A Sermon from Sherborne
Rescuing the stories of the saints
A sermon for the Parish Eucharist at Sherborne Abbey, preached on Sunday 23 July 2017 by The Reverend Guntars Reboks, Assistant Curate
The Church yesterday celebrated St. Mary Magdalene. Tradition remembers her to be the first one to witness the resurrection. That is why in iconography she is depicted with an egg, the egg being the symbol of resurrection.
We can say that Mary of Magdala was a close follower of Jesus, but her importance has been diminished through history. The chief diminishment happened because of Pope Gregory, who combined and confused different stories, particularly the story of the woman who is accused of adultery. From that moment on, Mary is seen as a woman who had lived a shameful life, repented, and then – accepted by Christ – followed him. In modern times that interpretation later has been much criticised, not least by Pope John Paul II.
Yet not so long ago Mary Magdalene became popular again, not so much because of theological re-evaluation but for these two reasons: 1) the find of Christian apocryphal texts in the 20th century, for example the Gospel of Mary and, 2), the publication of fictional novels such as The Da Vinci Code. From these sources, a notion has arisen of a very human – biological and physical – kind of relationship between Jesus and Mary Magdalene, with the spurious suggestion that they had children, who, in turn, had different connections with European royal families. And so on!
Today we live in a world where even saints and their stories are secularised. But what happens with something that has come from heaven and is then subjected to a very materialistic interpretation? It loses its meaning. But that is what we humans do: we take heavenly things and drag them down to our level, and cover them with mud. All of that, because we want them to be at the same level as we are.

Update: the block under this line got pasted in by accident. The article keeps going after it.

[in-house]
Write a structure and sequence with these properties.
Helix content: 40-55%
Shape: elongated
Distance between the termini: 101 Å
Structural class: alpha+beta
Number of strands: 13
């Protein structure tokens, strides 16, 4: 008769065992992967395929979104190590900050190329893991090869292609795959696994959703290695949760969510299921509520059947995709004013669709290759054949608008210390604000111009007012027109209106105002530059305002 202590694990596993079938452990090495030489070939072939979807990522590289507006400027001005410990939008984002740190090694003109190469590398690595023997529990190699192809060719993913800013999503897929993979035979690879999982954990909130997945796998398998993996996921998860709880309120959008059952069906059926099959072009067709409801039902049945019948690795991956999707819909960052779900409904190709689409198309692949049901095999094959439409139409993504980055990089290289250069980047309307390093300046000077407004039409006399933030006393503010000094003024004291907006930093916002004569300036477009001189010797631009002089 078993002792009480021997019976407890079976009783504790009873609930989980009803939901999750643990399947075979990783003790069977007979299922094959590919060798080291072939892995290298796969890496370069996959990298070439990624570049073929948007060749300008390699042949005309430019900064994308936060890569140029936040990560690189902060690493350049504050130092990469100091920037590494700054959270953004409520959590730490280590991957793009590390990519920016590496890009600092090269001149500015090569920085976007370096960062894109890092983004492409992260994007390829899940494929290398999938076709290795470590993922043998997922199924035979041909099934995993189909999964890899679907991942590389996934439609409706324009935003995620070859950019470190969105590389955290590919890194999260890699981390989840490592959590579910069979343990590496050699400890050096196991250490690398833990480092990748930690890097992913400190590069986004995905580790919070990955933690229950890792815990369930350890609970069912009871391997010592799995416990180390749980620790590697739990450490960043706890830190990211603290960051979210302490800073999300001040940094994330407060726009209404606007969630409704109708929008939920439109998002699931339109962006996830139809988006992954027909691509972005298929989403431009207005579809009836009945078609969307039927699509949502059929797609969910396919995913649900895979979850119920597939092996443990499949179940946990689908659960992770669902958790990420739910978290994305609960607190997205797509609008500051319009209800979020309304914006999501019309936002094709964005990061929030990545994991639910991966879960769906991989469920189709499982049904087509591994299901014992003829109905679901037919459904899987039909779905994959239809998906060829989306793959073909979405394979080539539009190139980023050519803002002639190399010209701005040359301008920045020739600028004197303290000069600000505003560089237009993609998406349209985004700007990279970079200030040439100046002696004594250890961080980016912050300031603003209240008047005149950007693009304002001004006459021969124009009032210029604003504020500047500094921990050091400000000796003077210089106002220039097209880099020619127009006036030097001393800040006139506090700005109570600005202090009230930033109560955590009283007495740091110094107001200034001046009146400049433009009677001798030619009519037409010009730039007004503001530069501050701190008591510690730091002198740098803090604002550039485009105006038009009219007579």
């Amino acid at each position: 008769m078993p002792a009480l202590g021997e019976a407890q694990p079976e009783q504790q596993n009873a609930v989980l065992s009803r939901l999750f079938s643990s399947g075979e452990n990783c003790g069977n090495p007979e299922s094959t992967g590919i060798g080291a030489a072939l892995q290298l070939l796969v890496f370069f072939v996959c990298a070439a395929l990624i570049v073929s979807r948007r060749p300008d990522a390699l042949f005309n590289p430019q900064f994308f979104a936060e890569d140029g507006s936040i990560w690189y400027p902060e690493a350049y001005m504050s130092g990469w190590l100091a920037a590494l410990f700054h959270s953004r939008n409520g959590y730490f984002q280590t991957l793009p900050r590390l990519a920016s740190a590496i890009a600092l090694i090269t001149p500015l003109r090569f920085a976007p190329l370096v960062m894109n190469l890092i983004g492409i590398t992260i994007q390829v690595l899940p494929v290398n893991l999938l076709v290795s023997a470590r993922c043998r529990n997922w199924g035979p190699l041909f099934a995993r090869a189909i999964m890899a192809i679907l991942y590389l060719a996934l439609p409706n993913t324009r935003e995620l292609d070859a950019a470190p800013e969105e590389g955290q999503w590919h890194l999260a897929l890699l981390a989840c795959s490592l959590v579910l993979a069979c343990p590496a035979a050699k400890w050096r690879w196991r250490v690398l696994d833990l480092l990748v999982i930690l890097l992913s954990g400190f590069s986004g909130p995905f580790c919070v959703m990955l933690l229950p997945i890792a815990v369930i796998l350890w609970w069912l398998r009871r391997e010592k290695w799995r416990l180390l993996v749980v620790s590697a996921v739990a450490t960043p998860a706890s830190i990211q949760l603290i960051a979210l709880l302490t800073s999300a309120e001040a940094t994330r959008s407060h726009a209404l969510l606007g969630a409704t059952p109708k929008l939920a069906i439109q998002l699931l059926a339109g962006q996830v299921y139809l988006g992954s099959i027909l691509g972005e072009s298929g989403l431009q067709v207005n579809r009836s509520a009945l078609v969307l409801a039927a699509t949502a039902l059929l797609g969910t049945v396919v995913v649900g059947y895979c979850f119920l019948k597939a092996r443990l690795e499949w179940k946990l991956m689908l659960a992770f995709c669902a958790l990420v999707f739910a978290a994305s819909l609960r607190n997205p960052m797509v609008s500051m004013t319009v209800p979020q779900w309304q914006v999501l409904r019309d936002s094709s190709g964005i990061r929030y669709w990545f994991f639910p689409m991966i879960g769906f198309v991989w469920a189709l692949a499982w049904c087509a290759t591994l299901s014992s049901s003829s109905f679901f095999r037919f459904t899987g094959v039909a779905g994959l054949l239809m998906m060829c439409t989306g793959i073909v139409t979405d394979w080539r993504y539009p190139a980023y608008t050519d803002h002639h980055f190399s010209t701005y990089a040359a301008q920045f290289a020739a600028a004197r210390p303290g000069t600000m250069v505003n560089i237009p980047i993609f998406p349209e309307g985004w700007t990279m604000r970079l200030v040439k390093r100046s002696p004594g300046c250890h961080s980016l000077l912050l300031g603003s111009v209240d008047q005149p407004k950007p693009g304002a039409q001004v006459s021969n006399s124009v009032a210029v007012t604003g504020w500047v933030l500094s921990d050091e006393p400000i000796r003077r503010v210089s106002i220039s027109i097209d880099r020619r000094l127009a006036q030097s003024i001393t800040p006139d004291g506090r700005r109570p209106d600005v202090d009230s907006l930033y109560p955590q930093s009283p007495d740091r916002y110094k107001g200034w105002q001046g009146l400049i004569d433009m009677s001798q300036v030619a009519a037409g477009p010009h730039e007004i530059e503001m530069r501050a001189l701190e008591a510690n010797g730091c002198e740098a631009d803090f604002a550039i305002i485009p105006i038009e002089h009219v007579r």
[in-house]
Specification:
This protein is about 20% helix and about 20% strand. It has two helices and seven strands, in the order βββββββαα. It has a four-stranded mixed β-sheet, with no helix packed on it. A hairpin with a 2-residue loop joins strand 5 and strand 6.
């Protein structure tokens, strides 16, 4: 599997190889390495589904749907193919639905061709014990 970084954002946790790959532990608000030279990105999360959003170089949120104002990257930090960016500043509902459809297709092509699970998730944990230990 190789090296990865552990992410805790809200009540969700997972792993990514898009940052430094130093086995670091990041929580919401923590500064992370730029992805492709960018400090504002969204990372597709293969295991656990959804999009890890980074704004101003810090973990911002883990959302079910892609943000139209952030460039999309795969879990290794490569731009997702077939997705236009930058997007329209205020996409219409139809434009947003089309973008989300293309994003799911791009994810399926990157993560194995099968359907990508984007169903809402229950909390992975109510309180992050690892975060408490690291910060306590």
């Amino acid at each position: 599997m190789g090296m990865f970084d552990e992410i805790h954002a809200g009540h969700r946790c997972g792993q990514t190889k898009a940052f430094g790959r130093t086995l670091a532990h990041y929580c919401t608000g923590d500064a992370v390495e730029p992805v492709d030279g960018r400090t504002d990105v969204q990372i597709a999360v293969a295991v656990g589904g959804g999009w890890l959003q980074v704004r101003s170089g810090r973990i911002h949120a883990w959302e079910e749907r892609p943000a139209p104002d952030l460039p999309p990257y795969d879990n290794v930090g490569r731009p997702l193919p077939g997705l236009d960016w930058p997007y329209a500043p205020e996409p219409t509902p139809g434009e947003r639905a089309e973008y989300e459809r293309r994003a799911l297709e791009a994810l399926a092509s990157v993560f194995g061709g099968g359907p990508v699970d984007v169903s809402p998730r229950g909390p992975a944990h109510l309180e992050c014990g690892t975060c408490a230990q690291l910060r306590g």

Do not take the saints out of the Kingdom of God. Let them remain at the spiritual level. Because, if they are there, they will do what saints do – they will lead us to the same place where they are: the Kingdom of God. But, if everyone is at the same level, then we will not move anywhere and will still be in the same place – at the same biological level.
An Easter egg is just an egg, if seen from a biological point of view. But from the viewpoint of a person who is familiar with icons, the egg will mean much more than that. That kind of symbolic language can speak a thousand words and one of these words is hope. It has been taken away by the secularised world and many people find themselves in despair. It is because we have taken God out of every aspect of our lives. We have even taken God out of the stories of the saints.
I believe (lat. credo), that we as a church can heal that despair by telling the story of Christ, his followers, and the saints: that is, telling the story of God. Amen.